Indigenous Day & M.E.C.h.A


Julissa Ventureno

Native artifacts that are displayed in the Indigenous Pride display box in the main building.

Elisa Martinez, Features Reporter

On Oct. 8, 2018 Indigenous Peoples’ Day was celebrated alongside Columbus Day.

Columbus Day has been a very controversial topic. Some of the actions that explorer Christopher Columbus and his team did during their voyage, such as labeling the indigenous people as “Indians” and introducing new diseases to the Americas, has sparked debates on morality.

According to editors of the article Columbus Controversy,” Columbus and his men enslaved many native inhabitants of the West Indies and subjected them to extreme violence and brutality.”

Some states that celebrate Indigenous People’s Day are California, Minnesota, Vermont and Alaska. Some of the cities that celebrate this day are Los Angeles, Berkeley, Santa Cruz, Austin, Boulder and Grand Rapids.

People still celebrate Columbus Day to celebrate his landing in the Americas. However, the indigenous people have decided to rename the day to give Native Americans their recognition for being the first residents in the Americas.

The only thing Columbus truly did was beginning the colonization of the Americas said Jennifer Calfas, author of the Time Magazine article Here Are The Cities That Celebrate Indigenous Peoples’ Day Instead of Columbus Day.”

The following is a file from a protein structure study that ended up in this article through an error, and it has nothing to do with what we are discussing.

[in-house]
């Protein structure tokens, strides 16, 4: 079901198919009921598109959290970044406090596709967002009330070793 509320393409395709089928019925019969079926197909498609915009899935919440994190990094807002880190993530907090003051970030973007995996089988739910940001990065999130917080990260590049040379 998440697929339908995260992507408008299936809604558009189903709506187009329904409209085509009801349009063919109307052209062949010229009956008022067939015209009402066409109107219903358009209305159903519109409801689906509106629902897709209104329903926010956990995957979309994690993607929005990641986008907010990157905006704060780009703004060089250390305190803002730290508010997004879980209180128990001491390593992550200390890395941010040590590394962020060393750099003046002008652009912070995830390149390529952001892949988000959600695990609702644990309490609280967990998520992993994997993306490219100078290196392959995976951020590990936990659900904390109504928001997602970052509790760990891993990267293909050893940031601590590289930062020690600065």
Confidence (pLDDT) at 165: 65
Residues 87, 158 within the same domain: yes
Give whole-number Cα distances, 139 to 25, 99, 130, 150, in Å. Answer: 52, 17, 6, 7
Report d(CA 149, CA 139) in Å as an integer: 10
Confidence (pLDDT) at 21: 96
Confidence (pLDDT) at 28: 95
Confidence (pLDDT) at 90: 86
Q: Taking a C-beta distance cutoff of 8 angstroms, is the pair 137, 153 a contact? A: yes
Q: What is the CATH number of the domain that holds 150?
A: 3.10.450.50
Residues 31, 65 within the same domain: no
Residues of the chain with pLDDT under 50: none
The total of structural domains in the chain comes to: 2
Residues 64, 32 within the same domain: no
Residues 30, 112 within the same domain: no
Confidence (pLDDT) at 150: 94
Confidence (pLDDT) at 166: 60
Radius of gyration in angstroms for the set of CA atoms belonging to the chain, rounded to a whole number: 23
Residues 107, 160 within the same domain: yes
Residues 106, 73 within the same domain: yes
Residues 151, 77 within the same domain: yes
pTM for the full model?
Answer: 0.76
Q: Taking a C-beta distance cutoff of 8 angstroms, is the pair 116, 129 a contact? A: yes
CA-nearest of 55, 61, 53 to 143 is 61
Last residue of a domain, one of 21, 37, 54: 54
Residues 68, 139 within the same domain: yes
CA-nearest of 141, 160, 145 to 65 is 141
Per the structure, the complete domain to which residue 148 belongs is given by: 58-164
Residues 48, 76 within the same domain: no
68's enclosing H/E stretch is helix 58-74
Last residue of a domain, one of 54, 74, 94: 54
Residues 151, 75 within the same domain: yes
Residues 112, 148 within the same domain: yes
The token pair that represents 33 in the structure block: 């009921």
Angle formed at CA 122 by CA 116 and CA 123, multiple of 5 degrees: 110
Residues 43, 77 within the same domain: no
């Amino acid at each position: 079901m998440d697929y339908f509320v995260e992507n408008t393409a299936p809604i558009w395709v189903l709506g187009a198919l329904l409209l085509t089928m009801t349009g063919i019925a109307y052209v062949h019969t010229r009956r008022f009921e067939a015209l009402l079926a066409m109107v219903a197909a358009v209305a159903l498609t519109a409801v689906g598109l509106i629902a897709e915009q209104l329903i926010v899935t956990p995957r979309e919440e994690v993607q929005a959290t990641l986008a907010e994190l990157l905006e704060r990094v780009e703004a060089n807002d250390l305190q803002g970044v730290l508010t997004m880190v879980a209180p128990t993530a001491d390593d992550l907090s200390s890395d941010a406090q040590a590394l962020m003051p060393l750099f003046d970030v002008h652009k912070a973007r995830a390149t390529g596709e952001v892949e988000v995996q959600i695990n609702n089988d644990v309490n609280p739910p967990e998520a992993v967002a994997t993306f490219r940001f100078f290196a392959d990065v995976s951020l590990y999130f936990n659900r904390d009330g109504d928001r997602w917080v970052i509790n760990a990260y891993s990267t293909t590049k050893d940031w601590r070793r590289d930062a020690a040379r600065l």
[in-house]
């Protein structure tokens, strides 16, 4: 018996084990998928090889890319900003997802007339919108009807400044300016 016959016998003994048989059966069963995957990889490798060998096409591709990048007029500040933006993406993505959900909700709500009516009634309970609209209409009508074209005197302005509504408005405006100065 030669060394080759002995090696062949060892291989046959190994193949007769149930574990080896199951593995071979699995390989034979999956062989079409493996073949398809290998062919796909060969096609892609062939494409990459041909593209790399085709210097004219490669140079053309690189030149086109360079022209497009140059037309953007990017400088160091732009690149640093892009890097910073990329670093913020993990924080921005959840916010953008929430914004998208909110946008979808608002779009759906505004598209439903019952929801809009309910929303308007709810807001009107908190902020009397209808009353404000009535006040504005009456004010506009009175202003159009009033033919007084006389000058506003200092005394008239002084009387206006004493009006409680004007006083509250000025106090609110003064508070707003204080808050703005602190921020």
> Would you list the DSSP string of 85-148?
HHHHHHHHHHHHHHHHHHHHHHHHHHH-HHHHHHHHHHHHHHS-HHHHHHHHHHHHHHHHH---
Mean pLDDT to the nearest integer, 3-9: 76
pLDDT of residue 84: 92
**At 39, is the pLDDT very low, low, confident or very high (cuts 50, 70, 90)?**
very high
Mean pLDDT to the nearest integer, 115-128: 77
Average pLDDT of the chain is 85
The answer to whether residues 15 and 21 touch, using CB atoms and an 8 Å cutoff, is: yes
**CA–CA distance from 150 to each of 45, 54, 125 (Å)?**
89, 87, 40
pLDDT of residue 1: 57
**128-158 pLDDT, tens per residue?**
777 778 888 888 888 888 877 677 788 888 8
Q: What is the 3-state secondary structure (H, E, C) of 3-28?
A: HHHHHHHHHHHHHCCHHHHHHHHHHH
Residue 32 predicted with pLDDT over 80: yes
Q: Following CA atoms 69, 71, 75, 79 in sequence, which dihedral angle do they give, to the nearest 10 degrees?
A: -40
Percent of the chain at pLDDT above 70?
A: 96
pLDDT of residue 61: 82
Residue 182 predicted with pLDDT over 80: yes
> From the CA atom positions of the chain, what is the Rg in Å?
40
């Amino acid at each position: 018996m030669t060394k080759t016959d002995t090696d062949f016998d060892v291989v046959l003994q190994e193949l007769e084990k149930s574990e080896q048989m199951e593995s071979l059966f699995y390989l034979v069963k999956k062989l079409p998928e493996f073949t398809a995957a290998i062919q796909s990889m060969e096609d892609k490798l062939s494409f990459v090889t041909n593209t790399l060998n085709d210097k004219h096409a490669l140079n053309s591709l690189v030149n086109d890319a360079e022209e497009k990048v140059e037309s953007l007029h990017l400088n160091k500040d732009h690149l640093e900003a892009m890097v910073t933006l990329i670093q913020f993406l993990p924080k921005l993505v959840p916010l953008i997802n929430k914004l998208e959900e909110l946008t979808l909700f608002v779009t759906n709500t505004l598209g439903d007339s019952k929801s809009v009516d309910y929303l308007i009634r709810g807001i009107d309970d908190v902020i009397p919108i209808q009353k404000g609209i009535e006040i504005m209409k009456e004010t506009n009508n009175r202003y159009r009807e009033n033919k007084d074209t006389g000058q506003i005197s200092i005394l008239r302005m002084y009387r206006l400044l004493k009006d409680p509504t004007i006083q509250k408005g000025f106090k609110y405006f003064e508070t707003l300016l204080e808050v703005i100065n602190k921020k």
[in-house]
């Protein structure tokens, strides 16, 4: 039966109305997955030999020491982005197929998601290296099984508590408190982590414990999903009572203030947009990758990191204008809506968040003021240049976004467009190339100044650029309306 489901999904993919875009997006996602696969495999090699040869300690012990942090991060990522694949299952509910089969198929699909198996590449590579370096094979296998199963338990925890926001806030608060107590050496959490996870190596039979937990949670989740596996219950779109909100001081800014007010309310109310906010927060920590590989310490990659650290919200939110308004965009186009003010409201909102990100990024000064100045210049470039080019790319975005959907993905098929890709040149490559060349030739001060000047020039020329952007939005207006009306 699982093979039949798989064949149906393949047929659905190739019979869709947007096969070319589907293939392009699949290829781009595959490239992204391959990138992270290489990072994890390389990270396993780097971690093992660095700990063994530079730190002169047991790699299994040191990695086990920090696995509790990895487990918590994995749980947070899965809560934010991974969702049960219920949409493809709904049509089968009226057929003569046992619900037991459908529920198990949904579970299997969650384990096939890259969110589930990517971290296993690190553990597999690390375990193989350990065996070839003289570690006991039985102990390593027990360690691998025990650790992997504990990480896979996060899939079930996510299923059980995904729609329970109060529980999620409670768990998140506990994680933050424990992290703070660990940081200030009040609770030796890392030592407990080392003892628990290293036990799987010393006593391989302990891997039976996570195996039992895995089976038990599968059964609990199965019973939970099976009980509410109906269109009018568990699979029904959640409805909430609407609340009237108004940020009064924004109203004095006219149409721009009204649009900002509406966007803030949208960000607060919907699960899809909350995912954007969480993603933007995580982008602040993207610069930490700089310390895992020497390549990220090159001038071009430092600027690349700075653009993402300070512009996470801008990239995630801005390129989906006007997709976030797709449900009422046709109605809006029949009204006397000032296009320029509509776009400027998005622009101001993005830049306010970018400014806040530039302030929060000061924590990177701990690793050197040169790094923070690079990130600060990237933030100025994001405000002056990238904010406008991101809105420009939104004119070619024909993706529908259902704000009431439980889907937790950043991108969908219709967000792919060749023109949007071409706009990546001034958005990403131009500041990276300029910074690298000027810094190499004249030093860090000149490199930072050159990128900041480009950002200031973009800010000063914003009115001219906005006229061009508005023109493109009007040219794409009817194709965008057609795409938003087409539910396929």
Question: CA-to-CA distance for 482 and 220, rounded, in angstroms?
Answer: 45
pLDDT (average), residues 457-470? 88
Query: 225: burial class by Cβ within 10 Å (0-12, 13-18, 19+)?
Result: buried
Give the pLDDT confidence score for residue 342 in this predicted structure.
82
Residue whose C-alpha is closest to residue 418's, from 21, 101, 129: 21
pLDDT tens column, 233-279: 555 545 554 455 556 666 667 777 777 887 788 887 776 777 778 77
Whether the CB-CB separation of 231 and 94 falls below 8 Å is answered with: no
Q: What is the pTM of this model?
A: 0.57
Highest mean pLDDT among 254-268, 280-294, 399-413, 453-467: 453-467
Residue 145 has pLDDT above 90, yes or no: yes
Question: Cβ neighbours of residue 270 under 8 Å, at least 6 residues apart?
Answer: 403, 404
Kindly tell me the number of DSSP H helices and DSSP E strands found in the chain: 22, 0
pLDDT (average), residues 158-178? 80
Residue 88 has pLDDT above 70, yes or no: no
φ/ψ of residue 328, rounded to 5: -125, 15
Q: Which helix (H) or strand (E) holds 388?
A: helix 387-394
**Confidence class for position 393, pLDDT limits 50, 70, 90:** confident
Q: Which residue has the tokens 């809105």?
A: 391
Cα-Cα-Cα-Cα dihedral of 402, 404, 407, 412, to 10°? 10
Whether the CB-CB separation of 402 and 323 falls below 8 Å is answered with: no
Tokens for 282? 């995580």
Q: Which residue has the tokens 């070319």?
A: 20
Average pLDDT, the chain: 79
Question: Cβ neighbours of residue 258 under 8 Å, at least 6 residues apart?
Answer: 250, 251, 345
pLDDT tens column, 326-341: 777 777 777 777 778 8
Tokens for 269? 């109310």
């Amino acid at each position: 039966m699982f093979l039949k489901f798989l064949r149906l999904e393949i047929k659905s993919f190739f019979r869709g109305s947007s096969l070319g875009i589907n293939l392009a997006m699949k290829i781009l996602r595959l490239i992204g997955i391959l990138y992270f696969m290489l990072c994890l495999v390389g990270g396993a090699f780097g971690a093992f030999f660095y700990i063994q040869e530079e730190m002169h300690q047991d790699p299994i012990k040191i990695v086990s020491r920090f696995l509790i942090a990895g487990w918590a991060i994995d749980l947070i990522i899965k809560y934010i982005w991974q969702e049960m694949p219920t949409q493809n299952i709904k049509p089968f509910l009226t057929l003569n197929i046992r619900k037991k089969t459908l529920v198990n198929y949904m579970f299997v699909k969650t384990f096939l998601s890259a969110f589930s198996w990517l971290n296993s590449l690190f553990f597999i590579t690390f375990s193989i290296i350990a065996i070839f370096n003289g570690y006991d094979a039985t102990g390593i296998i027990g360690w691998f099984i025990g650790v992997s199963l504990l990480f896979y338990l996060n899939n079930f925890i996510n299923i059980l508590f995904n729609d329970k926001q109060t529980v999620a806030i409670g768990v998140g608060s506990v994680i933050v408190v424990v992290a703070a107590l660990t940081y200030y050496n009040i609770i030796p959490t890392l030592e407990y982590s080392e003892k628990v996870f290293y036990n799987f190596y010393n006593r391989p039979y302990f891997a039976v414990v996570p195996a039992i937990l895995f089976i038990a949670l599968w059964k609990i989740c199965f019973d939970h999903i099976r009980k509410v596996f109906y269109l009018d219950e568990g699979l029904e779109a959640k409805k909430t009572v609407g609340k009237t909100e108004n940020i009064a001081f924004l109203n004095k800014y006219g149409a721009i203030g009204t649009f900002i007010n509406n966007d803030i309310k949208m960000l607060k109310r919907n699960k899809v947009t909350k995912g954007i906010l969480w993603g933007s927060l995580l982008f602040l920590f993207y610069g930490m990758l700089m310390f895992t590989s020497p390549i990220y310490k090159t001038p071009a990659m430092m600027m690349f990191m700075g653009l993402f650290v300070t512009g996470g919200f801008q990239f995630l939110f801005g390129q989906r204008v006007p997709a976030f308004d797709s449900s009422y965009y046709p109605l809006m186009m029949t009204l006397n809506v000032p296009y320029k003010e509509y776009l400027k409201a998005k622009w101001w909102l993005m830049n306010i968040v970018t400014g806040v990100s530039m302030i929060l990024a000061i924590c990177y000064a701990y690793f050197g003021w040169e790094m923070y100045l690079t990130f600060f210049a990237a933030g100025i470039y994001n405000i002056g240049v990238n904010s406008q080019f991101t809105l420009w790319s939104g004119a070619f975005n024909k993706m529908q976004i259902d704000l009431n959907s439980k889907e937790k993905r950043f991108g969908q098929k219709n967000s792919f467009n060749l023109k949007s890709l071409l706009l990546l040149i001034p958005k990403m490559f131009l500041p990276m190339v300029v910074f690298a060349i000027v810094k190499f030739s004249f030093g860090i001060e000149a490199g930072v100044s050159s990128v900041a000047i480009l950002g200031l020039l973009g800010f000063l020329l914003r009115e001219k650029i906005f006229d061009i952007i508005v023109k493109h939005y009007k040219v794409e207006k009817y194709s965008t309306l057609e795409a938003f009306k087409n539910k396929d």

In celebration of Indigenous Peoples’ Day, the M.E.Ch.A club of Venice High School made a display in the main building.

“What we put in the display was different physical objects that have different uses such as the death whistle shaped in a skull and braided herb to bring good vibes,” said senior Axel Hernandez. “We also displayed different native books, ranging from kids to medicine books.”

“We displayed current indigenous struggles such as DAPL (Dakota Access Pipeline) to show how indigenous people still have struggles today,” said Hernandez. “We also put pics and bios of indigenous female figures and their contribution, including queer figures such as Frida Kahlo and Chavela Vargas. We wanted to add more visibility to indigenous women and to queer figures.”

“Since 1991, dozens of cities, several universities, and a few states have adopted Indigenous Peoples’ Day, a holiday that celebrates the history and contributions of Native Americans.” said Becky Little, author of the article Goodbye, Columbus. Hello, Indigenous People’s Day.”